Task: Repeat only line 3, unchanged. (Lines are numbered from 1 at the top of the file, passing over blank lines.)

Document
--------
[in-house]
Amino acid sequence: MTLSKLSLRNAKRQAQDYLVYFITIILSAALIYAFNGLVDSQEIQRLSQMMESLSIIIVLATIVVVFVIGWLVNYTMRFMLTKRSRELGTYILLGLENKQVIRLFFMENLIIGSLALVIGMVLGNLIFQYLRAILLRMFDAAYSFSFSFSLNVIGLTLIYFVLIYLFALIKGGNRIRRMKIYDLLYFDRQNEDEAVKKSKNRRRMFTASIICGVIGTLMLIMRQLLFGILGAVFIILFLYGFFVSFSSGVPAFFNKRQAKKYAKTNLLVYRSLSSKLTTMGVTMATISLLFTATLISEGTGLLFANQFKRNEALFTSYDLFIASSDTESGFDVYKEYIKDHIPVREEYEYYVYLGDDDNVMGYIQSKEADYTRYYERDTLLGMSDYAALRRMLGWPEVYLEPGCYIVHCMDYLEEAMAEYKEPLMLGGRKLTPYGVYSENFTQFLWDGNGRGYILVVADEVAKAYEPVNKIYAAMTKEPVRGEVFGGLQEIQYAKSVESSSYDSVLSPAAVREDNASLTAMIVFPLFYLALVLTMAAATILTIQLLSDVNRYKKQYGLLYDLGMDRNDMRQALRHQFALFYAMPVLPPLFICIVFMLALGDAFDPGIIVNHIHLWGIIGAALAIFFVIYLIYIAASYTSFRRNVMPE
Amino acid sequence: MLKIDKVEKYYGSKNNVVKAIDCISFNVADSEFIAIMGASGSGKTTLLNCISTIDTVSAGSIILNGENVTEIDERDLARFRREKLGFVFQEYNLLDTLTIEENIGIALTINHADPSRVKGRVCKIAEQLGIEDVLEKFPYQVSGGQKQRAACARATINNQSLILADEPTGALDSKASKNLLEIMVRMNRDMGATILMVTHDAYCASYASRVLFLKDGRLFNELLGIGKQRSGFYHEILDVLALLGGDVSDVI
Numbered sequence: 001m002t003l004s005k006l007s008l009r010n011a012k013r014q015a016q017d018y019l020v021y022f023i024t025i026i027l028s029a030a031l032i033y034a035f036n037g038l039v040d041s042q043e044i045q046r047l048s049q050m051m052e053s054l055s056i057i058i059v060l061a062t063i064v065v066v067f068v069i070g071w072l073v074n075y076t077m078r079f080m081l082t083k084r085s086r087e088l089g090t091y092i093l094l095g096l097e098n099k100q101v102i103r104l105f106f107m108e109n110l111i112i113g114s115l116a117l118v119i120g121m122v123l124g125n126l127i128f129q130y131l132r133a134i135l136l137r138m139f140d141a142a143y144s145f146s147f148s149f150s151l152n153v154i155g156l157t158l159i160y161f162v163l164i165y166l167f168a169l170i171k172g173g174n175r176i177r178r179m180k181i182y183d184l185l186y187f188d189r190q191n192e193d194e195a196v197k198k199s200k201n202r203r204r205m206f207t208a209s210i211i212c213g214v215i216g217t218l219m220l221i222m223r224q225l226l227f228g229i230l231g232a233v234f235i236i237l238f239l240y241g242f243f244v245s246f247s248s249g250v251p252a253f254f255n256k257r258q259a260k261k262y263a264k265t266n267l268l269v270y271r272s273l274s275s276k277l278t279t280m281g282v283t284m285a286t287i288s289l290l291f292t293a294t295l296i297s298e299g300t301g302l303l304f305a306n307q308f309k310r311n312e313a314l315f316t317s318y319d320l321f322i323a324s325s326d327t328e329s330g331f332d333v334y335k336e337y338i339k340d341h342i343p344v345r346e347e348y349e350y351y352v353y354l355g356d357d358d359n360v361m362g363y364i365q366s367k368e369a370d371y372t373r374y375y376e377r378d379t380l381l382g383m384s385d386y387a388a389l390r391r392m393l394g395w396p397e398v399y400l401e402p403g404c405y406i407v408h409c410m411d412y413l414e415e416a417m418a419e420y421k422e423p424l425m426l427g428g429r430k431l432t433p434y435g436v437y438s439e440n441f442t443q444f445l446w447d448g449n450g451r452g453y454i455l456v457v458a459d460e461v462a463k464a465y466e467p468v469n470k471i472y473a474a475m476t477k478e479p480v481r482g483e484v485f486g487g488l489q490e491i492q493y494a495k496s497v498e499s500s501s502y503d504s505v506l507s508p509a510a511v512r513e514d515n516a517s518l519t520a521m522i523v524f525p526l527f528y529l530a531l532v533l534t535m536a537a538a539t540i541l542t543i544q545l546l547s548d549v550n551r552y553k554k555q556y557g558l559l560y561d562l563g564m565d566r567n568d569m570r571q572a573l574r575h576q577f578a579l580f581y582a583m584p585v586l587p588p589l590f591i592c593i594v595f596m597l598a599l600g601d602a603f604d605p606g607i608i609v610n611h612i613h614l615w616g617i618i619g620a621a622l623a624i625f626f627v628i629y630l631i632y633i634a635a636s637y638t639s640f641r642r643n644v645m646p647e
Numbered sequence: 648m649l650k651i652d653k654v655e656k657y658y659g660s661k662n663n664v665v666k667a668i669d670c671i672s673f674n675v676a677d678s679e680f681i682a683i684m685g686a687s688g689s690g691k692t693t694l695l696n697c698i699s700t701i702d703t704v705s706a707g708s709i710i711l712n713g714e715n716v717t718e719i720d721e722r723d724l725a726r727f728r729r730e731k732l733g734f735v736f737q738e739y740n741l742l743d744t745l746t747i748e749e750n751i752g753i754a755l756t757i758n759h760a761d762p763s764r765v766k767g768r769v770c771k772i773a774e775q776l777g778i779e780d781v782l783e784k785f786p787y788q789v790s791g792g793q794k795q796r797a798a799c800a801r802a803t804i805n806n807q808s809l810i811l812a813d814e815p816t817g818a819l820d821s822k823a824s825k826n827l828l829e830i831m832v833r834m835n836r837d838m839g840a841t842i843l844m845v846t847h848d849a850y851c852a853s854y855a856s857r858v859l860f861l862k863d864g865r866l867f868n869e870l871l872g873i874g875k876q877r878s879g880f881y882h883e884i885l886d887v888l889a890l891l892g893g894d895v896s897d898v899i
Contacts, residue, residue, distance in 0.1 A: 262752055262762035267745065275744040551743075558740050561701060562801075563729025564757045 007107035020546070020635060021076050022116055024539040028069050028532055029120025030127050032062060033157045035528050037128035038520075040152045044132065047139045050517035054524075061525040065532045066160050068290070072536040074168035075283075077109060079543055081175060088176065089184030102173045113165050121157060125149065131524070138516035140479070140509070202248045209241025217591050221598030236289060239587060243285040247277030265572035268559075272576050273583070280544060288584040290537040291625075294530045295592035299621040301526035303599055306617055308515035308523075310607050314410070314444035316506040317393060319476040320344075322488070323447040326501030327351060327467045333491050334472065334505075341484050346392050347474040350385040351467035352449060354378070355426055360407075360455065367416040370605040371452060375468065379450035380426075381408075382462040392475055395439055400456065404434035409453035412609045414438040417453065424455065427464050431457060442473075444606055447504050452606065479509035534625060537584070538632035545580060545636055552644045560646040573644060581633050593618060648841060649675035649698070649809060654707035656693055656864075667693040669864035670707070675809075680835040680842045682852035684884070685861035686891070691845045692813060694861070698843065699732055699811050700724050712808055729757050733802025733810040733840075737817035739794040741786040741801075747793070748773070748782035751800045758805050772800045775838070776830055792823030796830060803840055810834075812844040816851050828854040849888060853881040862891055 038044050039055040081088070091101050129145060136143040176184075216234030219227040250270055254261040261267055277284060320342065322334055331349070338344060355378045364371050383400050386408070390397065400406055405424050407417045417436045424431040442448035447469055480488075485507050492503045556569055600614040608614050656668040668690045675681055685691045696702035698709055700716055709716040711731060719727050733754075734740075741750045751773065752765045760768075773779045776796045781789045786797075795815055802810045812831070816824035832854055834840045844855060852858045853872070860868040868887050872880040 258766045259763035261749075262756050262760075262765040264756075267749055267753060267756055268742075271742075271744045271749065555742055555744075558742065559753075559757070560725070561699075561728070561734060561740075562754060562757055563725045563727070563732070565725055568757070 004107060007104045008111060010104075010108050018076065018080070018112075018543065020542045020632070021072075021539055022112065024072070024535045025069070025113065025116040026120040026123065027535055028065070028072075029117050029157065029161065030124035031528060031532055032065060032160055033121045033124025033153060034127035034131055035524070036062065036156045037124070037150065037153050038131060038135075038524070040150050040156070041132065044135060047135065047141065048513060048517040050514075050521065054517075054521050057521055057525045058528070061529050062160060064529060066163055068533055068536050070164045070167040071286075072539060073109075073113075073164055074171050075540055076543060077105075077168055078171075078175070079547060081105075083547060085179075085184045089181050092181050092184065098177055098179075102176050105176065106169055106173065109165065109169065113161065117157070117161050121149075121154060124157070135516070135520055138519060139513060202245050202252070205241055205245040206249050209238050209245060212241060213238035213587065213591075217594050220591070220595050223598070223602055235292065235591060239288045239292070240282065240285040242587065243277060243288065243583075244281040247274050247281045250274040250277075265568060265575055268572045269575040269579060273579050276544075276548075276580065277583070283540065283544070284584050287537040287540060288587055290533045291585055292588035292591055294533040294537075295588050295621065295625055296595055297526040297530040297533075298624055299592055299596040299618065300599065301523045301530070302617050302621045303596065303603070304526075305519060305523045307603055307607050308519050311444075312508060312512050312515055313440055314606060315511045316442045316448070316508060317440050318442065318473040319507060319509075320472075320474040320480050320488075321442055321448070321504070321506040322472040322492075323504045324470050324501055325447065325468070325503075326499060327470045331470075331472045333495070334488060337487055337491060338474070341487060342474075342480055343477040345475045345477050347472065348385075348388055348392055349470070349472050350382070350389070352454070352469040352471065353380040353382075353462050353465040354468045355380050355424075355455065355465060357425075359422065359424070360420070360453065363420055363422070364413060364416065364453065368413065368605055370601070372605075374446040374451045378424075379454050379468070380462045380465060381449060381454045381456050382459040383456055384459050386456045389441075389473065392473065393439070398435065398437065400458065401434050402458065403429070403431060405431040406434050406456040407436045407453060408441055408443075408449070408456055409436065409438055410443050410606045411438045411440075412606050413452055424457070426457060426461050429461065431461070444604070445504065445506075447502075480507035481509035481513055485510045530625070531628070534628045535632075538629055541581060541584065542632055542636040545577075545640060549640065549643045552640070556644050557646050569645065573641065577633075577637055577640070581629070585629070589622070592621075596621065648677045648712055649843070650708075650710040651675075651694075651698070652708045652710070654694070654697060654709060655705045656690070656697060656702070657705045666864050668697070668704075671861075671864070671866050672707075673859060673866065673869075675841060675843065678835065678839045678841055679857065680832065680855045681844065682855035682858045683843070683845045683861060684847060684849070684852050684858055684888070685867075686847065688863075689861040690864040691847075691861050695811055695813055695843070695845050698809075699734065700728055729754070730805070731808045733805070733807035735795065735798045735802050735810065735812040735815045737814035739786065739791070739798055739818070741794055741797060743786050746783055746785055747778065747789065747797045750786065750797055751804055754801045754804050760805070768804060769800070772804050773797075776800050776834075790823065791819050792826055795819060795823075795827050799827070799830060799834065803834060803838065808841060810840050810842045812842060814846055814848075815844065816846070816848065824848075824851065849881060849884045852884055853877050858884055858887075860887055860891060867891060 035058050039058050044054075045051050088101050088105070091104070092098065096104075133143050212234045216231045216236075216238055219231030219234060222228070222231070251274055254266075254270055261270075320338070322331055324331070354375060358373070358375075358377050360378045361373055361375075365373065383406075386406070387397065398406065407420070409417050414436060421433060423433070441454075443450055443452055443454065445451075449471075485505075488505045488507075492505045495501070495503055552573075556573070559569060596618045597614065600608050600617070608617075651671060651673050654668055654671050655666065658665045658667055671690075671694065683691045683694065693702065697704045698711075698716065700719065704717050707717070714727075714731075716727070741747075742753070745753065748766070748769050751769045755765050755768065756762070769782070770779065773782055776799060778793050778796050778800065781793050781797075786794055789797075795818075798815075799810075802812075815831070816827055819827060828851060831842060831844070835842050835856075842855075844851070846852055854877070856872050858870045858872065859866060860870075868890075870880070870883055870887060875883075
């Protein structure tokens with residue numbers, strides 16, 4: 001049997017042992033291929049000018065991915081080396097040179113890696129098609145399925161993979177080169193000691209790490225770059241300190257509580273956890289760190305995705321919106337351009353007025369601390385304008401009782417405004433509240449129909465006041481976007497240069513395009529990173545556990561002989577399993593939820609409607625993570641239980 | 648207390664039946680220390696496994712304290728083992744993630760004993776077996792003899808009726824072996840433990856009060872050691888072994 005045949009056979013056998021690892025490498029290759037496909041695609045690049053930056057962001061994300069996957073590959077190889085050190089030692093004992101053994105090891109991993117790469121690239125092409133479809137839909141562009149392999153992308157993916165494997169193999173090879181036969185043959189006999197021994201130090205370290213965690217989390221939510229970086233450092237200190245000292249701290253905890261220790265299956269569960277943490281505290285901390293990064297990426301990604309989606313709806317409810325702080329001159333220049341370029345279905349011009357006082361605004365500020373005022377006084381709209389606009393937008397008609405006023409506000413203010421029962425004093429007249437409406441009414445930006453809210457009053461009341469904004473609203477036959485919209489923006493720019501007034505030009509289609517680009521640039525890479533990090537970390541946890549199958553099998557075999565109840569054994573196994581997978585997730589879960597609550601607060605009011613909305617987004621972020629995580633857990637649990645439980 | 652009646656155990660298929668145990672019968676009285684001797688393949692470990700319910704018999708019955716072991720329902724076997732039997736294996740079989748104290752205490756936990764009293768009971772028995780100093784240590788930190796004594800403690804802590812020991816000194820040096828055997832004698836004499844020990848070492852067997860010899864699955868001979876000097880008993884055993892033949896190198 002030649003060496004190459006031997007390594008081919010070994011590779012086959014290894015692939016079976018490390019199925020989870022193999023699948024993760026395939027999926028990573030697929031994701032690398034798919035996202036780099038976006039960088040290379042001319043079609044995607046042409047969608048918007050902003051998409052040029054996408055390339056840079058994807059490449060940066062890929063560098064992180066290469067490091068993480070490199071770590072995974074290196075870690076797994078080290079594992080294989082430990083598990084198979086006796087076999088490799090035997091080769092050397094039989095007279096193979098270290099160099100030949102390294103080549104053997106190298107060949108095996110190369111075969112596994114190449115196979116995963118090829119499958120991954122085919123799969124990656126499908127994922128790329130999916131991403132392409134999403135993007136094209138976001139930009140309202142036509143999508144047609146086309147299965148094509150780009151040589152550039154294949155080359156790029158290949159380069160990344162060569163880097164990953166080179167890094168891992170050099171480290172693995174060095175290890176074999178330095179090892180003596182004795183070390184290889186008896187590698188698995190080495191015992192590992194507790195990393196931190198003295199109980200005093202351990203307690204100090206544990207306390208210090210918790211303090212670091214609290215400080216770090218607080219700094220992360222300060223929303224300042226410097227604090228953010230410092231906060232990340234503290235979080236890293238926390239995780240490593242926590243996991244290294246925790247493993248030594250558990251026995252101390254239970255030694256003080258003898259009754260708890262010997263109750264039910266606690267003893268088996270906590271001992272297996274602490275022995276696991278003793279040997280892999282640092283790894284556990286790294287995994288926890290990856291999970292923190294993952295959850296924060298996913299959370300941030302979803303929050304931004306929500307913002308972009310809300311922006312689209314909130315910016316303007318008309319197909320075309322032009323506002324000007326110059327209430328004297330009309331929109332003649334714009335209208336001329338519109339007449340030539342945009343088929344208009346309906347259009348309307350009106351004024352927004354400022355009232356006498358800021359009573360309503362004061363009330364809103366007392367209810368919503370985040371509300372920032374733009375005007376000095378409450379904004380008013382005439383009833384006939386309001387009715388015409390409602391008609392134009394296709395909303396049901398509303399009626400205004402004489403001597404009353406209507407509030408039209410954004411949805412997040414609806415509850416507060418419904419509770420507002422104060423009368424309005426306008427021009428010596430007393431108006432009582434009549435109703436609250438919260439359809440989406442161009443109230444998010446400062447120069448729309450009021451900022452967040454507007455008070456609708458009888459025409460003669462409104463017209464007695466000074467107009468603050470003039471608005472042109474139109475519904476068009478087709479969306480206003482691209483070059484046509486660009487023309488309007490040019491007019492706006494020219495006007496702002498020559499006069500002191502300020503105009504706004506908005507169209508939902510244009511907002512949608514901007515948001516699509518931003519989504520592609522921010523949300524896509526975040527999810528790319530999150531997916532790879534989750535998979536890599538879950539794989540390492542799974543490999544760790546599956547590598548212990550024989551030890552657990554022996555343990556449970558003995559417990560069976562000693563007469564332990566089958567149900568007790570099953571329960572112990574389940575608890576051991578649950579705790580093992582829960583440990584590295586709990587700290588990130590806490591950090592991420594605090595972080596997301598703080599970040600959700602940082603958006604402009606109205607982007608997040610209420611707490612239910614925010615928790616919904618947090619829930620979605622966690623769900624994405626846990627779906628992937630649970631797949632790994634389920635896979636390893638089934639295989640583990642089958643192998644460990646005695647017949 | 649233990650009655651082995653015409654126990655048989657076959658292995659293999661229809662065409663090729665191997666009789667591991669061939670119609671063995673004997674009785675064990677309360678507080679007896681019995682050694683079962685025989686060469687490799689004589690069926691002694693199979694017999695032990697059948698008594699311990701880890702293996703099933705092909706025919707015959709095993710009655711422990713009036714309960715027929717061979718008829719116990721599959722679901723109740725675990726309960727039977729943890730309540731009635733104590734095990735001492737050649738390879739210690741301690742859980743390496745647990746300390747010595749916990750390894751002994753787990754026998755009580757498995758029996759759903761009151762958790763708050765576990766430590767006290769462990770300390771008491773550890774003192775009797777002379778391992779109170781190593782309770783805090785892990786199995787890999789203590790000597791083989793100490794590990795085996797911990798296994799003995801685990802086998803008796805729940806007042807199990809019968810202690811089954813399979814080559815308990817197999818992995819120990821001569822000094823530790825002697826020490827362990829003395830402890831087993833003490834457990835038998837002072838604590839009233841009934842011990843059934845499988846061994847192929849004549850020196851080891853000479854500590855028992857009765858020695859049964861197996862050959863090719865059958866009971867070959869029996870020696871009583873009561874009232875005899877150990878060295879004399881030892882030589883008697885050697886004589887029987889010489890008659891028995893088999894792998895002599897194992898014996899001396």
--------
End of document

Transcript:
Amino acid sequence: MLKIDKVEKYYGSKNNVVKAIDCISFNVADSEFIAIMGASGSGKTTLLNCISTIDTVSAGSIILNGENVTEIDERDLARFRREKLGFVFQEYNLLDTLTIEENIGIALTINHADPSRVKGRVCKIAEQLGIEDVLEKFPYQVSGGQKQRAACARATINNQSLILADEPTGALDSKASKNLLEIMVRMNRDMGATILMVTHDAYCASYASRVLFLKDGRLFNELLGIGKQRSGFYHEILDVLALLGGDVSDVI